The dinnertime standoff

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Dinnertime battles

because-I-said-so-REDEvery day around 5:30 p.m., one of my kids inevitably wanders into the kitchen and utters that dreaded four-word phrase: “Mom, what’s for dinner?”

I say “dreaded” not because I despise cooking and never meal plan and am constantly winging it for dinner. I actually love to cook — or at least I used to — and I think meal planning is fun. (Cookbook nerd alert!) The question is dreaded only because I know it’s the beginning of the dinnertime battle. Please tell me I’m not alone.

No matter what I say I’ve prepared for dinner, it will likely be met with protest. A nicer meal like honey lime chicken enchiladas with cilantro lime rice? They’ll protest the green stuff in the rice. Something simple like spaghetti and meatballs? My son prefers meat sauce to meatballs while my daughter likes her noodles plain; both will protest my use of whole-wheat spaghetti.

Even when dinner is a sure-fire kid favorite, like pizza, there is bound to be debate about the toppings. One child wants ham and pineapple, the other will only eat pepperoni. My take-out solution, by the way, is to pick up a Papa Murphy’s Perfect Pizza: half pepperoni, half Hawaiian, total genius.

Sometimes the protests aren’t because I prepared a meal they don’t like. It’s because I made food they love but I made it on the wrong day. You know, like on Sunday when I made pancakes for breakfast and my daughter was disappointed because I apparently always make pancakes and she loves crepes. So on Thursday I made her crepes for breakfast — which I loathe to do, by the way, because it takes so long to cook up the batch — and she complained that she would have preferred pancakes. Seriously.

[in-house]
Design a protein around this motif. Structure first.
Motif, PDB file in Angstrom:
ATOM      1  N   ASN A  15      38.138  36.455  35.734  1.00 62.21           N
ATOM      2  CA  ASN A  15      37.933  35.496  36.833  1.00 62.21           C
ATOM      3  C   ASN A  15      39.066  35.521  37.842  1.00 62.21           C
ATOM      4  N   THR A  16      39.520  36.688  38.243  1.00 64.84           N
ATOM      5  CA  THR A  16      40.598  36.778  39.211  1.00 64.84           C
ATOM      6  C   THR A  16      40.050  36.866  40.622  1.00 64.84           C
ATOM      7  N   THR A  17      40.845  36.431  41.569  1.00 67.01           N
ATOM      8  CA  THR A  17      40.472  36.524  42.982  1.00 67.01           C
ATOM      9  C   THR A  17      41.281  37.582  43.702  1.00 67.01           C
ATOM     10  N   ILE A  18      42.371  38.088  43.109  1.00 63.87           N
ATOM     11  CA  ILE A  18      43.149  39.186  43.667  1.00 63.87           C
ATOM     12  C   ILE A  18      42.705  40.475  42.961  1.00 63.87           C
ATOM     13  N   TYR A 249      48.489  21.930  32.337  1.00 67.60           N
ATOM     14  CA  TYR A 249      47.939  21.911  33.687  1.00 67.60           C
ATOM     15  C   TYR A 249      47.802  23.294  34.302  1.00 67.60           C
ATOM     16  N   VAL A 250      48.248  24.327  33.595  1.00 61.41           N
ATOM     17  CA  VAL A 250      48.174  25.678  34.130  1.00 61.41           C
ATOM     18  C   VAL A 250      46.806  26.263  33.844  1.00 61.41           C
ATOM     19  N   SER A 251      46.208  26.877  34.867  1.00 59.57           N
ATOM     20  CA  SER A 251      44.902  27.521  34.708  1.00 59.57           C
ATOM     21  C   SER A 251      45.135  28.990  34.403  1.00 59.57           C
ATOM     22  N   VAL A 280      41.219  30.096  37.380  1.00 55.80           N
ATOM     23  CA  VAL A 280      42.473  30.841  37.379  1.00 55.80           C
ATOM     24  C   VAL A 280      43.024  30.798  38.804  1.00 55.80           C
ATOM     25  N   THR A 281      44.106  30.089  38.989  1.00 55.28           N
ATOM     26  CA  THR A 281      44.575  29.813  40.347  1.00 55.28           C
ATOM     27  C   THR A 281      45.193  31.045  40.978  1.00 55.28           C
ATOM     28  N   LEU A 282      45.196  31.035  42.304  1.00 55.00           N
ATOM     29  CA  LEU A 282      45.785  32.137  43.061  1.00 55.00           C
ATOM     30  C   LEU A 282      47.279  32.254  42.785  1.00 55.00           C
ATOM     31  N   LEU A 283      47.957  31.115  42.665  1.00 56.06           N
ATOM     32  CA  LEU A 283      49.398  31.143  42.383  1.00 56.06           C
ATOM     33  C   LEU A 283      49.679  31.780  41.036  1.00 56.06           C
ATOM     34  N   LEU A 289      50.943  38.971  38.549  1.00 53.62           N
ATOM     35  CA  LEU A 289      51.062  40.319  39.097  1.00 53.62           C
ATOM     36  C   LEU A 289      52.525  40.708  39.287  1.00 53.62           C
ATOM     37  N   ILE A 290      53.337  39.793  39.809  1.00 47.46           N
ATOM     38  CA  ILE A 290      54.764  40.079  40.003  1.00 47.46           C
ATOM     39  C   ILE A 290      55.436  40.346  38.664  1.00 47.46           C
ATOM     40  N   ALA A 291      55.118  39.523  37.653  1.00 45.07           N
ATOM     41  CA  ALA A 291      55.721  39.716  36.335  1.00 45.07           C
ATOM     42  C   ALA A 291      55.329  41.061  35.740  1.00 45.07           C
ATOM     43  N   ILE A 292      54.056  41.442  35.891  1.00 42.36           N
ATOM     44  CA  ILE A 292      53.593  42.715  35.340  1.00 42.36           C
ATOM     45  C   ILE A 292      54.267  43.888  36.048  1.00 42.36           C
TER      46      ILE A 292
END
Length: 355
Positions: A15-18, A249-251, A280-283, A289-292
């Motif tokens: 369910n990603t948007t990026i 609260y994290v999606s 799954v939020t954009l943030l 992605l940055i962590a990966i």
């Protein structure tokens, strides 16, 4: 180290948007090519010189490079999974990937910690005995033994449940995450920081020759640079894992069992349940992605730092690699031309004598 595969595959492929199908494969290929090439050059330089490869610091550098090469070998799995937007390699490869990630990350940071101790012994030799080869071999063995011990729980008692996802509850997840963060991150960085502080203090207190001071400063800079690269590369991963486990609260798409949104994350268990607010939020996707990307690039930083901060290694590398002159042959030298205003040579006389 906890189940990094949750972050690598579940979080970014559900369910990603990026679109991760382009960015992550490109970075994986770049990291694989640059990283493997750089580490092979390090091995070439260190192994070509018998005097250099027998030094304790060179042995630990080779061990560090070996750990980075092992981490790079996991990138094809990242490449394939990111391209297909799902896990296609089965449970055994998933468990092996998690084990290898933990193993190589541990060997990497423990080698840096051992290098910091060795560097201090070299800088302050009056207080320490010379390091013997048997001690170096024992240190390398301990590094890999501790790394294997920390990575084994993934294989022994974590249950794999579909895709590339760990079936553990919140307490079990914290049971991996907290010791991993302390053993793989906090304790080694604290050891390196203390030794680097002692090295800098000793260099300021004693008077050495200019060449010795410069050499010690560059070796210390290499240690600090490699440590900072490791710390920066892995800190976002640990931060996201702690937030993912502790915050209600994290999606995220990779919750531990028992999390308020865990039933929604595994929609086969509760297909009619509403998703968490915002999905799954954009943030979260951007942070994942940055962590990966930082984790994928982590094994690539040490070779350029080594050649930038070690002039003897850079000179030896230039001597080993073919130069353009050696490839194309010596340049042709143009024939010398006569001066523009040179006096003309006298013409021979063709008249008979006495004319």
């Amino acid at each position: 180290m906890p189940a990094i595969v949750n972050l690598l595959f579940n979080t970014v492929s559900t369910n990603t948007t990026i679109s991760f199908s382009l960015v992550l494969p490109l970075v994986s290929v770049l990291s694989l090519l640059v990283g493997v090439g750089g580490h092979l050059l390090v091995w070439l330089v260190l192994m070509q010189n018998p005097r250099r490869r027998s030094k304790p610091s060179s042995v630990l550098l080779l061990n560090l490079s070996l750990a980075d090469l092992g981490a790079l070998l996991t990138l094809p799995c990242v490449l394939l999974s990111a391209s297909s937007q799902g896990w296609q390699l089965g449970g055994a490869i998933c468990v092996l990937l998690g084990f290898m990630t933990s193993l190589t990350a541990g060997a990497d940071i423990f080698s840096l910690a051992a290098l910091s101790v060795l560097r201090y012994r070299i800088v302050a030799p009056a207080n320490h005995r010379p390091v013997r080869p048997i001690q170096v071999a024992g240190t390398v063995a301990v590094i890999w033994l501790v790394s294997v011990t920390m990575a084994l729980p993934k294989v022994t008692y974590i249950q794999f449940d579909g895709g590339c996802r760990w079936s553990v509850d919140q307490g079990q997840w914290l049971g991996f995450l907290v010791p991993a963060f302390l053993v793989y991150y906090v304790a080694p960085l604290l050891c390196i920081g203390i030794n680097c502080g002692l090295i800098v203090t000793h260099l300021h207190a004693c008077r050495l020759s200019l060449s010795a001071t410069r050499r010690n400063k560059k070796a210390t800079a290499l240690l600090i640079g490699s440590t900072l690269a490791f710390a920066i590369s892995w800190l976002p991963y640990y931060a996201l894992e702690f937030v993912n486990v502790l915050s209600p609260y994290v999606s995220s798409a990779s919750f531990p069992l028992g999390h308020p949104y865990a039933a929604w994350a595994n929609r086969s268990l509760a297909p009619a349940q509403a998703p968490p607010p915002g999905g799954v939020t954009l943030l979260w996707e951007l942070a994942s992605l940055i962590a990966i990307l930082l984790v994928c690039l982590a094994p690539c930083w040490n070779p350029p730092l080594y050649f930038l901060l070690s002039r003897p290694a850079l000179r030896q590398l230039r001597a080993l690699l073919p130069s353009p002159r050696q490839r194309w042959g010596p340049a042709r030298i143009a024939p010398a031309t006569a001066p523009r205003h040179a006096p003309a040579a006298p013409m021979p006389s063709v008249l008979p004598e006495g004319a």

There is part of me that wants to give up already and just serve them cereal and chicken nuggets and Cheetos every day — that would be their ideal meal plan — but I can’t do it. I care too much about the food my family eats because I know it has a huge impact on health and behavior. I try to stay motivated by telling myself that old parenting age: They’ll thank me when they’re older.

Occasionally I’ll tire of the mealtime battles and go on strike for a week. You could say I’m done with making dinner. Of course, my kids don’t really notice that I’m on strike because they’re too jazzed about the simple meals we’re having. Quesadillas! Hot dogs! Breakfast for dinner! Dinnertime is still a gong show on these days — my kids bicker about who sits where, get out of their seats way too many times to “check” on random things around the house and someone always spills their drink — but at least it’s a temporary respite from a steady stream of disapproval.

I’m slowly seeing enough progress to keep me from quitting the kitchen completely. All the kids have a few vegetables they actually like, and you better believe I serve those at every meal. I’m getting better at keeping foods separate when possible because the kids prefer to eat a la carte. They love dip, too, so I try to offer a sauce at most meals — tzatziki or hummus if I get my way, ranch or ketchup if my kids get their way.

Recently for dinner I made panko-crusted tilapia and couscous, one of the few dishes my oldest son wholeheartedly approves of. (Yes, I know his food preferences make no sense). In between bites he offered me praises including “This is so tasty,” and “Mom, you should open a restaurant.”

Next time I hear, “Mom, what’s for dinner?” I’ll try to keep those affirmations in mind.

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Natalie Hollingshead is a former magazine editor turned freelance writer and editor. She writes regularly about home, family, food and travel for a handful of publications, and is co-author of the book "Happy Homemaking” (Cedar Fort, 2012) with Elyssa Andrus. A native of Alberta, Canada, Natalie lives in Orem with her husband and their three children.

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